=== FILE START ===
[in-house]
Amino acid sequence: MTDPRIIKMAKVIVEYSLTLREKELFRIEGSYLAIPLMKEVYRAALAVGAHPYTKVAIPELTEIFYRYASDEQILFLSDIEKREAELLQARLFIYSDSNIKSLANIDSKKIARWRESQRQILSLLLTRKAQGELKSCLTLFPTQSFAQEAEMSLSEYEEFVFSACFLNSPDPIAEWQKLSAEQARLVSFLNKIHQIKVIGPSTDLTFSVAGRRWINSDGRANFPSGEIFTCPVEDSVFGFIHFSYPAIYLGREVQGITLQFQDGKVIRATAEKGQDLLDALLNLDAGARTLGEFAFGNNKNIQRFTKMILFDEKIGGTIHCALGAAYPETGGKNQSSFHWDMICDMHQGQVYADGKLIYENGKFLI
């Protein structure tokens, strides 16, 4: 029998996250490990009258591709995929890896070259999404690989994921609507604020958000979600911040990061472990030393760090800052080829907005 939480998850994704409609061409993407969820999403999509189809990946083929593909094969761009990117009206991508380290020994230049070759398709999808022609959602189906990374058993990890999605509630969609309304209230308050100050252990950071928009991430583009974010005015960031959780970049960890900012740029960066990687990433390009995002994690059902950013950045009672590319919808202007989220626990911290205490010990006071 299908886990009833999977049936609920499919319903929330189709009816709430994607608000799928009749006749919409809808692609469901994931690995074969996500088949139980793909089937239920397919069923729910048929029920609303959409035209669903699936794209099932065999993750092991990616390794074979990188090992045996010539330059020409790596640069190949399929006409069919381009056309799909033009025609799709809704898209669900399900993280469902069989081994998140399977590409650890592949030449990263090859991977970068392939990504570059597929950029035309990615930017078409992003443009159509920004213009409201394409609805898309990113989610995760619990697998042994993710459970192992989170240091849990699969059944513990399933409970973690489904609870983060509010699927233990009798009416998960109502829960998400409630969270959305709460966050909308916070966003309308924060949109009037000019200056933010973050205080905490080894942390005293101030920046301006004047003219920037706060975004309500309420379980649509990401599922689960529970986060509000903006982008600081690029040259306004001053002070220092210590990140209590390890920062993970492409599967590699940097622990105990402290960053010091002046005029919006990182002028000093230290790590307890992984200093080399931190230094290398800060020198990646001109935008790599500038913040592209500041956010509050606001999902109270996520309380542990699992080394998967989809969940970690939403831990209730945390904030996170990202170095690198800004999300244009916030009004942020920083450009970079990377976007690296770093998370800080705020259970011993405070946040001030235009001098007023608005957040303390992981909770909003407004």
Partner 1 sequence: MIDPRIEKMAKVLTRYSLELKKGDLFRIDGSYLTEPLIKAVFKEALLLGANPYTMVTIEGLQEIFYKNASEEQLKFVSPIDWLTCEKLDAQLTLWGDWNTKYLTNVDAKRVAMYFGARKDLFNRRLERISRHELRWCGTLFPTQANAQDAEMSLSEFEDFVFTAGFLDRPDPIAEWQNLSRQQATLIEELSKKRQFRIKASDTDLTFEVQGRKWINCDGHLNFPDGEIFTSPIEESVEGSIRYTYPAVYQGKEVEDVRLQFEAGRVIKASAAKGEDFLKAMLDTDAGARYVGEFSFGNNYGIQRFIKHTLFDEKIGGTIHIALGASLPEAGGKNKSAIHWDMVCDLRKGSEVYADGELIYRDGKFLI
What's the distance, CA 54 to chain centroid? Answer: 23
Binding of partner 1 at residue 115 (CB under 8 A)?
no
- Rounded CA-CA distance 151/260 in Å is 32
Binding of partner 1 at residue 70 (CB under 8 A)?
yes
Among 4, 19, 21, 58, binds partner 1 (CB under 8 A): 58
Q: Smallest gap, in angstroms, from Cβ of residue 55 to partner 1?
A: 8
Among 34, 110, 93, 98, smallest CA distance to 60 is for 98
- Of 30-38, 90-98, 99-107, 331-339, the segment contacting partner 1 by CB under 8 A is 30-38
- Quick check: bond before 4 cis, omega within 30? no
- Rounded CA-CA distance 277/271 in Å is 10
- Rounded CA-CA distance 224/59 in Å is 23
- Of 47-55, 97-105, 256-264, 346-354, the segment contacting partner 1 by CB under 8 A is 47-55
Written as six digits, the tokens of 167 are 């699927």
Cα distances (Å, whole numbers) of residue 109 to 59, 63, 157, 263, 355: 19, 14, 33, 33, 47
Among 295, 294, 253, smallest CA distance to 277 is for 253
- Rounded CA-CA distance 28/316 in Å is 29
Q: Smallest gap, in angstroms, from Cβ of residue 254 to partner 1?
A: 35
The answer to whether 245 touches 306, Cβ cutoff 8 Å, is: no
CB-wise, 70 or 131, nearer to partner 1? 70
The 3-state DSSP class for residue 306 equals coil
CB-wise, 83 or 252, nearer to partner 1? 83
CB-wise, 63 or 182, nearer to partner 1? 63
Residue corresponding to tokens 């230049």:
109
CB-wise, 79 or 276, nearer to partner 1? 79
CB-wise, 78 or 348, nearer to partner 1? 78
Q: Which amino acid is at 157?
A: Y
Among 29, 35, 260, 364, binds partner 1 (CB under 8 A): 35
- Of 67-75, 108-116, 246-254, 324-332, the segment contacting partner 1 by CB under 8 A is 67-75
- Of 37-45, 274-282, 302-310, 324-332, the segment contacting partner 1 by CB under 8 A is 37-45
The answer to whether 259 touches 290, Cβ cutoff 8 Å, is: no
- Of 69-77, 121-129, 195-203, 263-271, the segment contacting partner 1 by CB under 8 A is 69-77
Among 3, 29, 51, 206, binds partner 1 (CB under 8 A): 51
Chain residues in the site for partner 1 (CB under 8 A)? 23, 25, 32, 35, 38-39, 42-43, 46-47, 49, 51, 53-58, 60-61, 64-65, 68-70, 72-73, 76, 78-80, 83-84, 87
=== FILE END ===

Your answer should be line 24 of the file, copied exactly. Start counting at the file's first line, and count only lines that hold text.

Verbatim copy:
Q: Smallest gap, in angstroms, from Cβ of residue 254 to partner 1?